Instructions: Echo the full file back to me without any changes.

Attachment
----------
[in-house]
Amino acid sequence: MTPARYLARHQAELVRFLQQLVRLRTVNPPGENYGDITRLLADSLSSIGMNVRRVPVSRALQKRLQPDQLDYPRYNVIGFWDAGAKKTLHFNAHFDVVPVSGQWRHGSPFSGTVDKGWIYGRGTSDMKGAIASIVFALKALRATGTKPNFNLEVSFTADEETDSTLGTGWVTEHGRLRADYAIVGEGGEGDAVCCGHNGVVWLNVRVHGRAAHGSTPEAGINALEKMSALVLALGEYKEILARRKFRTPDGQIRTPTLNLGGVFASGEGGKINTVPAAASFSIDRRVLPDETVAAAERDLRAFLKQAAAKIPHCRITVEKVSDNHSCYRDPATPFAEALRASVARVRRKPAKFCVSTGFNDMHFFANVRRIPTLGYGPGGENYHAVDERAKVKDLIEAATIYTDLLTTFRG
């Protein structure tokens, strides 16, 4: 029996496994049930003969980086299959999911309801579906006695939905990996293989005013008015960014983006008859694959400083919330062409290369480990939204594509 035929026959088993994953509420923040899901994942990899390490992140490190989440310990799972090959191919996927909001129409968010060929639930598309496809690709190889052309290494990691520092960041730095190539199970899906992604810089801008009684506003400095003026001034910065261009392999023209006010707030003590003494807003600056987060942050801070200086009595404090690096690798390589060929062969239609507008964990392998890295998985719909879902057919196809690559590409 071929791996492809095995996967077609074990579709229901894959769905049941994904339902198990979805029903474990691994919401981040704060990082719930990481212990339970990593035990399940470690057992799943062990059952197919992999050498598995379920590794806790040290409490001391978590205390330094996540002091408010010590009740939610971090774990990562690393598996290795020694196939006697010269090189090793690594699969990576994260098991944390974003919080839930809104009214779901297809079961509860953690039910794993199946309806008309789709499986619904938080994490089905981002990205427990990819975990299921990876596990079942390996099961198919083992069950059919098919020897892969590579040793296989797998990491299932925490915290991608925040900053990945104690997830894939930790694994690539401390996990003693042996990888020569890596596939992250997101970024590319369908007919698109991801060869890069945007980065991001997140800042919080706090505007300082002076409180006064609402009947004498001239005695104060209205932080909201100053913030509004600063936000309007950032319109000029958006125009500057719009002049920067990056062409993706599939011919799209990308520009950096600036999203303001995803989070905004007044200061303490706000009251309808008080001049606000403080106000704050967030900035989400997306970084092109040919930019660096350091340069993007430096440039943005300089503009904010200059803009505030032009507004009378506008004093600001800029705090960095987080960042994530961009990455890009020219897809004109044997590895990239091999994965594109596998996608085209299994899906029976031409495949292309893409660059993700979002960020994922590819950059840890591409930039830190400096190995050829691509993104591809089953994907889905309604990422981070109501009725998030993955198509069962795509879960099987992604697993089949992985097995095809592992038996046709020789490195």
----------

[in-house]
Amino acid sequence: MTPARYLARHQAELVRFLQQLVRLRTVNPPGENYGDITRLLADSLSSIGMNVRRVPVSRALQKRLQPDQLDYPRYNVIGFWDAGAKKTLHFNAHFDVVPVSGQWRHGSPFSGTVDKGWIYGRGTSDMKGAIASIVFALKALRATGTKPNFNLEVSFTADEETDSTLGTGWVTEHGRLRADYAIVGEGGEGDAVCCGHNGVVWLNVRVHGRAAHGSTPEAGINALEKMSALVLALGEYKEILARRKFRTPDGQIRTPTLNLGGVFASGEGGKINTVPAAASFSIDRRVLPDETVAAAERDLRAFLKQAAAKIPHCRITVEKVSDNHSCYRDPATPFAEALRASVARVRRKPAKFCVSTGFNDMHFFANVRRIPTLGYGPGGENYHAVDERAKVKDLIEAATIYTDLLTTFRG
């Protein structure tokens, strides 16, 4: 029996496994049930003969980086299959999911309801579906006695939905990996293989005013008015960014983006008859694959400083919330062409290369480990939204594509 035929026959088993994953509420923040899901994942990899390490992140490190989440310990799972090959191919996927909001129409968010060929639930598309496809690709190889052309290494990691520092960041730095190539199970899906992604810089801008009684506003400095003026001034910065261009392999023209006010707030003590003494807003600056987060942050801070200086009595404090690096690798390589060929062969239609507008964990392998890295998985719909879902057919196809690559590409 071929791996492809095995996967077609074990579709229901894959769905049941994904339902198990979805029903474990691994919401981040704060990082719930990481212990339970990593035990399940470690057992799943062990059952197919992999050498598995379920590794806790040290409490001391978590205390330094996540002091408010010590009740939610971090774990990562690393598996290795020694196939006697010269090189090793690594699969990576994260098991944390974003919080839930809104009214779901297809079961509860953690039910794993199946309806008309789709499986619904938080994490089905981002990205427990990819975990299921990876596990079942390996099961198919083992069950059919098919020897892969590579040793296989797998990491299932925490915290991608925040900053990945104690997830894939930790694994690539401390996990003693042996990888020569890596596939992250997101970024590319369908007919698109991801060869890069945007980065991001997140800042919080706090505007300082002076409180006064609402009947004498001239005695104060209205932080909201100053913030509004600063936000309007950032319109000029958006125009500057719009002049920067990056062409993706599939011919799209990308520009950096600036999203303001995803989070905004007044200061303490706000009251309808008080001049606000403080106000704050967030900035989400997306970084092109040919930019660096350091340069993007430096440039943005300089503009904010200059803009505030032009507004009378506008004093600001800029705090960095987080960042994530961009990455890009020219897809004109044997590895990239091999994965594109596998996608085209299994899906029976031409495949292309893409660059993700979002960020994922590819950059840890591409930039830190400096190995050829691509993104591809089953994907889905309604990422981070109501009725998030993955198509069962795509879960099987992604697993089949992985097995095809592992038996046709020789490195």